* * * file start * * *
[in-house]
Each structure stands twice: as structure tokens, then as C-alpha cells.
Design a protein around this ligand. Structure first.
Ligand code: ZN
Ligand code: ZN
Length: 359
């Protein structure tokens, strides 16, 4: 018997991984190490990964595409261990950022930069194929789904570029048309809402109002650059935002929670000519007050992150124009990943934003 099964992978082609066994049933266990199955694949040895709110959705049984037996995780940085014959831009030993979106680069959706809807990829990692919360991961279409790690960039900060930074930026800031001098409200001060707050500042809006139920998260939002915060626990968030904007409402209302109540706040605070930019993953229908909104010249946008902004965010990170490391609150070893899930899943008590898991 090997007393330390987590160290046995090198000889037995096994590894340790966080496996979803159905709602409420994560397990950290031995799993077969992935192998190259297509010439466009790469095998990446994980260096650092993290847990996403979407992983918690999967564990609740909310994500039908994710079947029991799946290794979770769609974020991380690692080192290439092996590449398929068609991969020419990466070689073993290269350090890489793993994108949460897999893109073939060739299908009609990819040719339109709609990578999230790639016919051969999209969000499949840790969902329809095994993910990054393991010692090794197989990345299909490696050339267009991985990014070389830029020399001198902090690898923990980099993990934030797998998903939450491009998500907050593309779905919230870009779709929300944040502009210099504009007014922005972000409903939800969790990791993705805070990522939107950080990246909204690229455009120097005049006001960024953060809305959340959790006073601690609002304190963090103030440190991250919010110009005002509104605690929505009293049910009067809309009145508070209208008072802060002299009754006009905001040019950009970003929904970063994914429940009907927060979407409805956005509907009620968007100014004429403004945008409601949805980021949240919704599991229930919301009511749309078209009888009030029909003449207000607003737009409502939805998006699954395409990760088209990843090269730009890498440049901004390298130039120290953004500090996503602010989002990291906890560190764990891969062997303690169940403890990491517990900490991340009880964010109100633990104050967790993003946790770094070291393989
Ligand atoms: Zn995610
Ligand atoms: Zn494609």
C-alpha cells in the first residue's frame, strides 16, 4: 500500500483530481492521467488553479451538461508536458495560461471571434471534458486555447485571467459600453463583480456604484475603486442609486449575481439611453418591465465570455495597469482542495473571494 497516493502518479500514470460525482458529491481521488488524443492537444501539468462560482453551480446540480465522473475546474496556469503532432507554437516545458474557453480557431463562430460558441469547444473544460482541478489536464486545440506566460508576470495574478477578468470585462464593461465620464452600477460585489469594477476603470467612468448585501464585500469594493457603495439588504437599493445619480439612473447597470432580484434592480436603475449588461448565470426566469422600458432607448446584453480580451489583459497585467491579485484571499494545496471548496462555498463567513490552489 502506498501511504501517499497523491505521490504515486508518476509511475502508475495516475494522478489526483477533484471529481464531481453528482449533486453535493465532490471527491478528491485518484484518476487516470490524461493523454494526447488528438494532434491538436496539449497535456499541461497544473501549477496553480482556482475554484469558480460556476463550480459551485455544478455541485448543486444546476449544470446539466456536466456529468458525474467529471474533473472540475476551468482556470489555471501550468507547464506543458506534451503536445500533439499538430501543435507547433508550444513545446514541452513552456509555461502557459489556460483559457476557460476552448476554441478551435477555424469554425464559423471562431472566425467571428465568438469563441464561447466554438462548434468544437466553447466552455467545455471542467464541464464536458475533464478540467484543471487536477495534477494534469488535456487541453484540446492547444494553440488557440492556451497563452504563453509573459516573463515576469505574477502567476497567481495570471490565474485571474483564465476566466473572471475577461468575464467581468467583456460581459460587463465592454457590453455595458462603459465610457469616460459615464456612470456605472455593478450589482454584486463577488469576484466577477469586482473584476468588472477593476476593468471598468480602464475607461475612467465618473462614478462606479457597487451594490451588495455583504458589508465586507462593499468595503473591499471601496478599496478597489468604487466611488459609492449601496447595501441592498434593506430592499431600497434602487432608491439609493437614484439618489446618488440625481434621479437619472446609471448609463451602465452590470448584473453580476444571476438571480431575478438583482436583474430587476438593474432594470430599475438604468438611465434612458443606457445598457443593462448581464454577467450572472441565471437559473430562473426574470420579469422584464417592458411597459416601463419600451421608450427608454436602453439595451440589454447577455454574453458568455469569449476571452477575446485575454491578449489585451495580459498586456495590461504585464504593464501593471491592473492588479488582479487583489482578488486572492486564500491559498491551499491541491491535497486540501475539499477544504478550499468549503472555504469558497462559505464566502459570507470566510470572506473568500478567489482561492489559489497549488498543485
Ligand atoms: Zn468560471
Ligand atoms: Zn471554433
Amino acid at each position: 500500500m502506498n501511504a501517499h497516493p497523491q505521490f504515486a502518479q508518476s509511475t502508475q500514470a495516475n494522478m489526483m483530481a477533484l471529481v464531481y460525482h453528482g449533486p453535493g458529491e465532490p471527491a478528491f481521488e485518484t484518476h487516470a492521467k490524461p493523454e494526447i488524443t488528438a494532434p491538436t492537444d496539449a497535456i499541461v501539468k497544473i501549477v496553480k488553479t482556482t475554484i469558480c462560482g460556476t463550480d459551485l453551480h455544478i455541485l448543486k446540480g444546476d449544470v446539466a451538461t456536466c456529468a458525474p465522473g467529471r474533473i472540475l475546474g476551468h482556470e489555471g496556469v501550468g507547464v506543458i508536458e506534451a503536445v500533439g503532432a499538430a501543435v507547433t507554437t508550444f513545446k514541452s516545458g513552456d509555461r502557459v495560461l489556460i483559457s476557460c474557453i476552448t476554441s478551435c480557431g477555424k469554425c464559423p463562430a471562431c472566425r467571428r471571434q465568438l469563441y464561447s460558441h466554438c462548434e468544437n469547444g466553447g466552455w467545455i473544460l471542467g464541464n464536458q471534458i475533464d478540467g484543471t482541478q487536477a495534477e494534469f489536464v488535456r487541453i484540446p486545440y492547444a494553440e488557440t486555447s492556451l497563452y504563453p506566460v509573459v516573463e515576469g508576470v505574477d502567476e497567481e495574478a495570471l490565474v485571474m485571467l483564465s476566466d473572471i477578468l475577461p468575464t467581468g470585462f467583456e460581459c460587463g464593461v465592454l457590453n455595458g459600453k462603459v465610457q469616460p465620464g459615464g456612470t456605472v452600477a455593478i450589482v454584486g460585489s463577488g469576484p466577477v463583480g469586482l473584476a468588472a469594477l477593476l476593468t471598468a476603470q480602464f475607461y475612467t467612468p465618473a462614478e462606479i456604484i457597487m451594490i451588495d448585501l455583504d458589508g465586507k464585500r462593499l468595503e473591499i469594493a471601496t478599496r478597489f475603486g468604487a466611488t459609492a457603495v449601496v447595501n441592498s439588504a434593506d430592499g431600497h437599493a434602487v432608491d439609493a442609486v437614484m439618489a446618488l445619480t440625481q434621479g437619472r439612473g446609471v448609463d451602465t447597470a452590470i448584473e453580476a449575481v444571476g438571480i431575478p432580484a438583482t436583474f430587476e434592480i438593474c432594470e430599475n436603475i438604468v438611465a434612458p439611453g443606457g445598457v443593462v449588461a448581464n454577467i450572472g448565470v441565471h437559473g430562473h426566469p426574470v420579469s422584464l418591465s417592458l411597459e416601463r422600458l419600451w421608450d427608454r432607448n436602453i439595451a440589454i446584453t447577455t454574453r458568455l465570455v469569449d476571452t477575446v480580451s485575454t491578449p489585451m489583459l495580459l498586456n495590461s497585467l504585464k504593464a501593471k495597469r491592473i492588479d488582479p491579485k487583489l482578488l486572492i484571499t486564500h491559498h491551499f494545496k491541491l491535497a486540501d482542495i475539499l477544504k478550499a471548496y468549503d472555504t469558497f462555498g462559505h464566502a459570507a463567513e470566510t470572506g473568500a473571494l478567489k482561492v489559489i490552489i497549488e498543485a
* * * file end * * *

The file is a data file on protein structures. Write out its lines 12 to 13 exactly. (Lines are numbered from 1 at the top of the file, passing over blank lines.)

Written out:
Ligand atoms: Zn471554433
Amino acid at each position: 500500500m502506498n501511504a501517499h497516493p497523491q505521490f504515486a502518479q508518476s509511475t502508475q500514470a495516475n494522478m489526483m483530481a477533484l471529481v464531481y460525482h453528482g449533486p453535493g458529491e465532490p471527491a478528491f481521488e485518484t484518476h487516470a492521467k490524461p493523454e494526447i488524443t488528438a494532434p491538436t492537444d496539449a497535456i499541461v501539468k497544473i501549477v496553480k488553479t482556482t475554484i469558480c462560482g460556476t463550480d459551485l453551480h455544478i455541485l448543486k446540480g444546476d449544470v446539466a451538461t456536466c456529468a458525474p465522473g467529471r474533473i472540475l475546474g476551468h482556470e489555471g496556469v501550468g507547464v506543458i508536458e506534451a503536445v500533439g503532432a499538430a501543435v507547433t507554437t508550444f513545446k514541452s516545458g513552456d509555461r502557459v495560461l489556460i483559457s476557460c474557453i476552448t476554441s478551435c480557431g477555424k469554425c464559423p463562430a471562431c472566425r467571428r471571434q465568438l469563441y464561447s460558441h466554438c462548434e468544437n469547444g466553447g466552455w467545455i473544460l471542467g464541464n464536458q471534458i475533464d478540467g484543471t482541478q487536477a495534477e494534469f489536464v488535456r487541453i484540446p486545440y492547444a494553440e488557440t486555447s492556451l497563452y504563453p506566460v509573459v516573463e515576469g508576470v505574477d502567476e497567481e495574478a495570471l490565474v485571474m485571467l483564465s476566466d473572471i477578468l475577461p468575464t467581468g470585462f467583456e460581459c460587463g464593461v465592454l457590453n455595458g459600453k462603459v465610457q469616460p465620464g459615464g456612470t456605472v452600477a455593478i450589482v454584486g460585489s463577488g469576484p466577477v463583480g469586482l473584476a468588472a469594477l477593476l476593468t471598468a476603470q480602464f475607461y475612467t467612468p465618473a462614478e462606479i456604484i457597487m451594490i451588495d448585501l455583504d458589508g465586507k464585500r462593499l468595503e473591499i469594493a471601496t478599496r478597489f475603486g468604487a466611488t459609492a457603495v449601496v447595501n441592498s439588504a434593506d430592499g431600497h437599493a434602487v432608491d439609493a442609486v437614484m439618489a446618488l445619480t440625481q434621479g437619472r439612473g446609471v448609463d451602465t447597470a452590470i448584473e453580476a449575481v444571476g438571480i431575478p432580484a438583482t436583474f430587476e434592480i438593474c432594470e430599475n436603475i438604468v438611465a434612458p439611453g443606457g445598457v443593462v449588461a448581464n454577467i450572472g448565470v441565471h437559473g430562473h426566469p426574470v420579469s422584464l418591465s417592458l411597459e416601463r422600458l419600451w421608450d427608454r432607448n436602453i439595451a440589454i446584453t447577455t454574453r458568455l465570455v469569449d476571452t477575446v480580451s485575454t491578449p489585451m489583459l495580459l498586456n495590461s497585467l504585464k504593464a501593471k495597469r491592473i492588479d488582479p491579485k487583489l482578488l486572492i484571499t486564500h491559498h491551499f494545496k491541491l491535497a486540501d482542495i475539499l477544504k478550499a471548496y468549503d472555504t469558497f462555498g462559505h464566502a459570507a463567513e470566510t470572506g473568500a473571494l478567489k482561492v489559489i490552489i497549488e498543485a